Myth 1: The trouble codes will tell you what sensor to replace. This is an expensive frame of mind. The Check Engine Light directs your attention to a problem. A trouble code description then directs you to a circuit or system. It will not tell you what sensor to replace. It is about as vague as stating that a book is in the automotive section of the library. You now know what section to go to, but no clue where to look yet. That is why there are flow charts or trouble code trees and diagrams to guide you through specific tests to determine what is the problem. Often it is a broken wire, loose connector or some other cause, than the sensor itself.
Myth 2: You can clear the codes by disconnecting the battery. This is true on pre-96 vehicles and very few, if any, OBD2 vehicles. Some folks will say, "I disconnected the battery for 15 minutes and the light went out, so it cleared the codes". No, it didn't. It may have reset the ECM and the light is no longer present, but the code is still there and if the problem has not been repaired, the light will come back on. The next time you have a problem, now you or the mechanic who is working on the vehicle are going to have to contend with that code as well as any other that is present.
Note: There are the rare cases where the manufacturer has made provisions for clearing the codes by disconnecting the battery or removing the ECM fuse. In most cases of post 96 vehicles, that is not the case, as most manufacturers have made the ECU/ECM/PCM retain the information, even in the event of battery voltage loss. In the largest percentage of the vehicles, unless specifically stated by the manufacturer, an OBD2 scantool is required to clear or reset the codes.
Myth 3: When the check engine light comes on, it always means you have to replace something. One of the first things that needs to be done when diagnosing the check engine light is to clear the trouble codes, road test the vehicle and then recheck the trouble codes. If the codes come back, then start with the lowest number code and go through the flow charts and diagrams.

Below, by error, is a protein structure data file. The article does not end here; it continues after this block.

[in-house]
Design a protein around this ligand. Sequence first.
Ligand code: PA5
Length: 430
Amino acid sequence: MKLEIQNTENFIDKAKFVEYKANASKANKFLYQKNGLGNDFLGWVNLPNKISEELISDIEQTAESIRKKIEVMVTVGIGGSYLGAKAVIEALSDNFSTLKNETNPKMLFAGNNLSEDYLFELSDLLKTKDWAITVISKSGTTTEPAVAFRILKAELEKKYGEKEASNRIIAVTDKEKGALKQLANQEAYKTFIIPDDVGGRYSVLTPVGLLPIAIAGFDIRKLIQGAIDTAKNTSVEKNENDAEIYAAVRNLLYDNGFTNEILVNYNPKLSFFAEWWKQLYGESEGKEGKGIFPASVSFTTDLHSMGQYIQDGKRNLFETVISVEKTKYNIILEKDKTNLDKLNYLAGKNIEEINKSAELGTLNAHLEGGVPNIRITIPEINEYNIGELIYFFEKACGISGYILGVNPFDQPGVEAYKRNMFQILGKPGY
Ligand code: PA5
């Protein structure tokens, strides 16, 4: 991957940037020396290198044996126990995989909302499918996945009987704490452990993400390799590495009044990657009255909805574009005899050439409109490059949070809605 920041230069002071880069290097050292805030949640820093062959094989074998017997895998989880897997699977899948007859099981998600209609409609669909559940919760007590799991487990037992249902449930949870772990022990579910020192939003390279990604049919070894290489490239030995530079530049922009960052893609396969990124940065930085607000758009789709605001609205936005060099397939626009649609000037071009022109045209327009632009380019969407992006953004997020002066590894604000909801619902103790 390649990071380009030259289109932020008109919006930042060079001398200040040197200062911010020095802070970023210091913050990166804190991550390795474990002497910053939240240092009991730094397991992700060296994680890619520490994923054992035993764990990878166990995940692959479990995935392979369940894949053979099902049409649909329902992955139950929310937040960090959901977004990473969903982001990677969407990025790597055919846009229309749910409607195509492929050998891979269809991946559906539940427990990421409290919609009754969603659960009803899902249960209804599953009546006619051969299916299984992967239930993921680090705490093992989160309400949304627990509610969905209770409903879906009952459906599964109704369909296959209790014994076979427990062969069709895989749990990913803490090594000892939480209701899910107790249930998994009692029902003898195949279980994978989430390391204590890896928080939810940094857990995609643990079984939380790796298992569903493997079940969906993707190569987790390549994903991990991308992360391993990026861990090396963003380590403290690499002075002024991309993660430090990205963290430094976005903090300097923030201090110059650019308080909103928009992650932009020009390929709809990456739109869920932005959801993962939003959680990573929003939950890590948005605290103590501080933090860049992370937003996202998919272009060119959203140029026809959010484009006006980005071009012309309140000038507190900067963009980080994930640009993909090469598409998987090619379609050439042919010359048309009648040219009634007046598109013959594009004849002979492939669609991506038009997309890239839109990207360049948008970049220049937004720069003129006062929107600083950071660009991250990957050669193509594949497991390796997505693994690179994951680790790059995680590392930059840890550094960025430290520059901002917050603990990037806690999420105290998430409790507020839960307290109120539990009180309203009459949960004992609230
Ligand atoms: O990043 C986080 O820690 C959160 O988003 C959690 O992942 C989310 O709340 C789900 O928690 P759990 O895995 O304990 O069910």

The last Myth: The Check engine light means an O2 sensor problem. Anyone who has taken this to be true and has spent quite a bit of money on replacing oxygen sensors knows this is not true.
First, you will not know, nor will anyone else, what the problem is until you have the trouble codes. Even if it is an oxygen sensor code, alot of times there are other causes for the code to come about.
Vacuum leaks, poor fuel quality, low or high fuel pressure, a compression problem or a plugged catalytic converter could cause it. If the oxygen sensor is bad, then replacing the sensor still does not finish the repair. If an oxygen sensor failed, then there is a problem with the emissions of the engine. Usually when an oxygen sensor fails, it is because it has become contaminated. Contamination caused by an engine that is not running properly. So you will still need to determine where the originating problem came from. More often than not, there will be no trouble codes for that problem and it will not be evident without some specific tests.
OBD-II codes consist of a number of parts. Here is a sample code: P0171 Here is a breakdown of what each digit of the code means:
The first character identifies identifies the system related to the trouble code.
The second digit identifies whether the code is a generic code (same on all OBD-II equpped vehicles), or a manufacturer specific code.
The third digit denotes the type of sub-system that pertains to the code
These digits, along with the others, are variable, and relate to a particular problem. For example,a P0171 code means P0171 - System Too Lean (Bank 1).
Decoding resources on the web